But in that regard, I would thing that the Terra Xpress and the ETA pots would have similar problems.
I guess I’ll see! Amazon should have it to me shortly.Oct 29, 2017 at 7:57 pm #3499256
Alright so … I’m heading back to the drawing board on this. For anybody that still cares, here is the latest that I’m thinking about …
- As I’ve been using my cheapo hard anodized cookset and had repeated episodes of burning eggs and hash browns, I thought the answer would be getting a decent nonstick pot or pan. That gets us to the start of this post.
- Upon further review, it seems like I might be trying to solve the wrong problem. It’s possible that <span style=”color: #993300;”>the issue is NOT that the HA coating is too sticky, but instead that the metal of the pot is just too thin, and therefore I’m getting hot spots, which leads to burning</span>. (reminder, I’m using an FMS-117, which is an adjustable remote canister stove, usually turned all the way down)
- If that’s the case, then switching to a nonstick-coated pot will NOT help me because I’ll still be stuck with hot spots. In fact this might be even worse, because I won’t be able to scrub the pot as fiercely to clean it, due to the coating.
- So to truly avoid hot spots, I need a thicker-walled pot. Maybe I’ll use my Lodge cast iron for this trip. Another option would be to approximate the effects of thick walls by using a mesh aluminum diffuser or a metal plate diffuser. Or, apparently I can use a steel paint tin lid. Ha!
- ^^ Upon further review, it turns out this forum has dozens of threads involving a heat diffuser. I think I’m on the right track. And, I need to use more oil.
Any thoughts on the above?
One more question: for hard anodized cookware, are people using some cleaning solution that is harsher than a sponge or plastic scraper? I’ve been using metal utensils to cook in it without any issue, but I am unclear whether HA can stand up to e.g. metal scrapers or steel wool, to clean off stuff that’s burnt on.Oct 29, 2017 at 7:58 pm #3499257David ThomasBPL Member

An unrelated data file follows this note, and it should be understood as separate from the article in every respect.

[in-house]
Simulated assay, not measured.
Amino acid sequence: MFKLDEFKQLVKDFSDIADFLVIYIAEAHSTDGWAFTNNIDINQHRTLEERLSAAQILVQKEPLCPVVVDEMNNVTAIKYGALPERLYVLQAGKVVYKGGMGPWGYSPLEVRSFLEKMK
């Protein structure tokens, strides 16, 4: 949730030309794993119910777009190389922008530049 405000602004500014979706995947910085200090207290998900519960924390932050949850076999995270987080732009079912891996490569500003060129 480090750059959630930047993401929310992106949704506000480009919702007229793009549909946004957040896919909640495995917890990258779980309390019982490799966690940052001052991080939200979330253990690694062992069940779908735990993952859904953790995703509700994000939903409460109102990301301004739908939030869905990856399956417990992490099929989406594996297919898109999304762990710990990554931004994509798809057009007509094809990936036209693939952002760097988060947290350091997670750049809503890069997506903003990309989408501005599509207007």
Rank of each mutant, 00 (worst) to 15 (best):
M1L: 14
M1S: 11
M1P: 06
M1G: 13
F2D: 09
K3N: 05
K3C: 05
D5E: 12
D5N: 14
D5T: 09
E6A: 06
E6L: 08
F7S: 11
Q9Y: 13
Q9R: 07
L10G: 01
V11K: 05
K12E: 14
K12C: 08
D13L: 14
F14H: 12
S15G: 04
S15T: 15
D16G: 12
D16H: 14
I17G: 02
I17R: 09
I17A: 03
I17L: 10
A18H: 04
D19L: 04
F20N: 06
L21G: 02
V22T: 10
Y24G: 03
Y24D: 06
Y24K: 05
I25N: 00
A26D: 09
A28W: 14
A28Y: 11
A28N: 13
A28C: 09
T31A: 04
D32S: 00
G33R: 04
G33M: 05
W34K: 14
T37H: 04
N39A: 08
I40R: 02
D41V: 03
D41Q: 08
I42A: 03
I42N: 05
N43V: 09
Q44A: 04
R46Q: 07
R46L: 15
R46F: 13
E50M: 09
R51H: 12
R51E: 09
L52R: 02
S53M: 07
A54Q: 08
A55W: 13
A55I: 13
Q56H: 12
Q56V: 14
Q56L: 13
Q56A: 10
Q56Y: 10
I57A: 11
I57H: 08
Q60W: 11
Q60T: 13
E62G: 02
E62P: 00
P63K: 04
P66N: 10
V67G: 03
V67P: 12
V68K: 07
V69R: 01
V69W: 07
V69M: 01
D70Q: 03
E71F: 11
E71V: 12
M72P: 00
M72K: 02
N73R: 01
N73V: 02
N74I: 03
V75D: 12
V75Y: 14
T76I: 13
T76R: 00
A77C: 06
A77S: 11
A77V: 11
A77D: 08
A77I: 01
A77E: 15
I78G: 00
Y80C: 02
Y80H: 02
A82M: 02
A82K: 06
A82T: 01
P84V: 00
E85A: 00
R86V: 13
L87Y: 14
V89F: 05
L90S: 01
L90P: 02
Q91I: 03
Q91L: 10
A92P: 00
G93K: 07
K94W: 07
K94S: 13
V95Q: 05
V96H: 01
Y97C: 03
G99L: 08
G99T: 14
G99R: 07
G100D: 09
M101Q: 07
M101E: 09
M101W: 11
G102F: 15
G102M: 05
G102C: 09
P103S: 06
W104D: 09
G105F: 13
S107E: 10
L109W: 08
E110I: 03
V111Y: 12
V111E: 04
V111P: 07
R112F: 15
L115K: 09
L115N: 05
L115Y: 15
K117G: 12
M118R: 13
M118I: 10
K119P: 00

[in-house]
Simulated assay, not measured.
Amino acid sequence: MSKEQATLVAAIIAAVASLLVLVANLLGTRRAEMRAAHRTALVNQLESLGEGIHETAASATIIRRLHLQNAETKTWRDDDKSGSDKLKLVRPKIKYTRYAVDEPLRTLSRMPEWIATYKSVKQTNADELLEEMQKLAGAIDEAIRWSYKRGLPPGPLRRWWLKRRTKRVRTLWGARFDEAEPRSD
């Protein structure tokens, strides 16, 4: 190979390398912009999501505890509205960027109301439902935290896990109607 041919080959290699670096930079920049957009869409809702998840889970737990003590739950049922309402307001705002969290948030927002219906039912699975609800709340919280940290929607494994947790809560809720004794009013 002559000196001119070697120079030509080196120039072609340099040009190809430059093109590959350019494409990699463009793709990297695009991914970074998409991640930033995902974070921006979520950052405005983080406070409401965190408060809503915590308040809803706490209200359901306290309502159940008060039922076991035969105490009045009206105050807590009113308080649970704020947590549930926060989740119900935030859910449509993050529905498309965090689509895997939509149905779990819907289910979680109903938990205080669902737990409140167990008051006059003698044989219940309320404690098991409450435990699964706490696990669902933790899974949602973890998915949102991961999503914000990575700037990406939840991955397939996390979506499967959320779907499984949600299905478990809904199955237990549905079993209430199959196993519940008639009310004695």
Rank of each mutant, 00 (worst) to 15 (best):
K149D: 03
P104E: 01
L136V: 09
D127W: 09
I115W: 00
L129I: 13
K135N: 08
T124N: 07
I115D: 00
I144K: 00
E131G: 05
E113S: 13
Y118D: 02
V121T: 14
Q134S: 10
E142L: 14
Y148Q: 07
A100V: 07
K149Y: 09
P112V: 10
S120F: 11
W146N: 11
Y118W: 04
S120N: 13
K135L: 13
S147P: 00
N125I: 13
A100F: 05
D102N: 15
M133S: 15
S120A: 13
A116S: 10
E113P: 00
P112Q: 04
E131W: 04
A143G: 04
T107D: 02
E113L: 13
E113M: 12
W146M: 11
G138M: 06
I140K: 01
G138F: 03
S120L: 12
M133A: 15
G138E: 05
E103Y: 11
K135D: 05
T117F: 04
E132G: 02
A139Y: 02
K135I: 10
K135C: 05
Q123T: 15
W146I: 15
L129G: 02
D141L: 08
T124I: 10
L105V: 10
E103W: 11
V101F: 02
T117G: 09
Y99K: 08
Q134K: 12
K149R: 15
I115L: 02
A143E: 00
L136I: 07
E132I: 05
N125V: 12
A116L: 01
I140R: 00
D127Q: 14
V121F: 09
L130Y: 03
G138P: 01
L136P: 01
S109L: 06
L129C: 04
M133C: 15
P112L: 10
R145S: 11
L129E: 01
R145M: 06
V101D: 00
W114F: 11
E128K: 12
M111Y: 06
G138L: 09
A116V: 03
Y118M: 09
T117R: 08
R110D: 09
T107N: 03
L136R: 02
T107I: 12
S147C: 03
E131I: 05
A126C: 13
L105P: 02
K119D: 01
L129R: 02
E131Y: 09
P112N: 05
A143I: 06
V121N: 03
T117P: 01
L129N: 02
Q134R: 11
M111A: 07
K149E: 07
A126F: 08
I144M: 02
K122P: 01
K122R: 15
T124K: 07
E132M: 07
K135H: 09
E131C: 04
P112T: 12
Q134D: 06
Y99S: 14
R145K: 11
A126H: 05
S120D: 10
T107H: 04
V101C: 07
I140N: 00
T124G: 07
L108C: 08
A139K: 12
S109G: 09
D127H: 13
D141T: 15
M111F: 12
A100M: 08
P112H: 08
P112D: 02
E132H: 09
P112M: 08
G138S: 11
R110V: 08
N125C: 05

@davidinkenaiLocale: North Woods. Far North.
If you have a large stove head and a small HX pot, the bottom of the pot can sit pretty far above the flame. I use the BRS-3000T even with large pots, and then, I can often deploy the swing out pot-support arms. But for small pots or if the HX ring is small, I fold those pot-support arms in and it fits fully within the ring of HX fins.Oct 30, 2017 at 11:26 am #3499294Jeff McWilliamsBPL Member
Four Dog Stoves has a titanium heat diffuser if that’s the direction you want to try.Oct 30, 2017 at 1:42 pm #3499303
David, thanks for the intel. I think I’ve decided that, as cool as HX pots are, I’m going to stick to conventional pots for the time being. It seems that if I’m trying to eliminate hot spots by using a diffuser, I am actually heading in the opposite direction compared to what HX pots are designed for. And I have no current complaints about fuel efficiency, and finally I might upgrade to a Kovea Spider in the next year for the inverted canister capability — which would be a new set of diameters to keep in mind for HX rings and pot supports. So, all that suggests to me … better stick with conventional stuff for now.
Anyway, overall ….
To that end, I went ahead and picked up one of these hard anodized 3Ls at REI yesterday with a gift card I needed to burn. It’s heavy for backpacking, but will probably be perfect for the kind of car camping that I’ve been doing recently. I would also bet the anodizing is better quality than what I got with my cheapo no-name Chinese HA cookset from Amazon.
For delicate cooking and simmering, I’m going to pair this with one of the following:
Basically I’ll play around with the 1st option to see if it makes a difference. If not, then I’ll make my way through those other two and see what does the trick.
If I ever end up perfecting this cooking method in-camp, then the next step would be implementing something for “real” lightweight backpacking usage — for which that Four Dog titanium plate might be perfect. Thx for the link!May 28, 2020 at 7:11 pm #3649838asolthaneBPL Member
The Bunsen burner wire gauze works. It’s heavy.
a .1mm piece of copper foil works perfectly. https://www.aliexpress.com/item/32846449941.html?spm=a2g0s.90423220.127.116.11424c4dP58n81
Also, you can season titanium in the oven just like you would cast iron pan. Works perfectly and creates a non stick surface. (avocado oil rubbed on (THIN) with paper towel, place pan upside down in oven on 500 for an hour, repeat many times to build up a layer of non stick surface)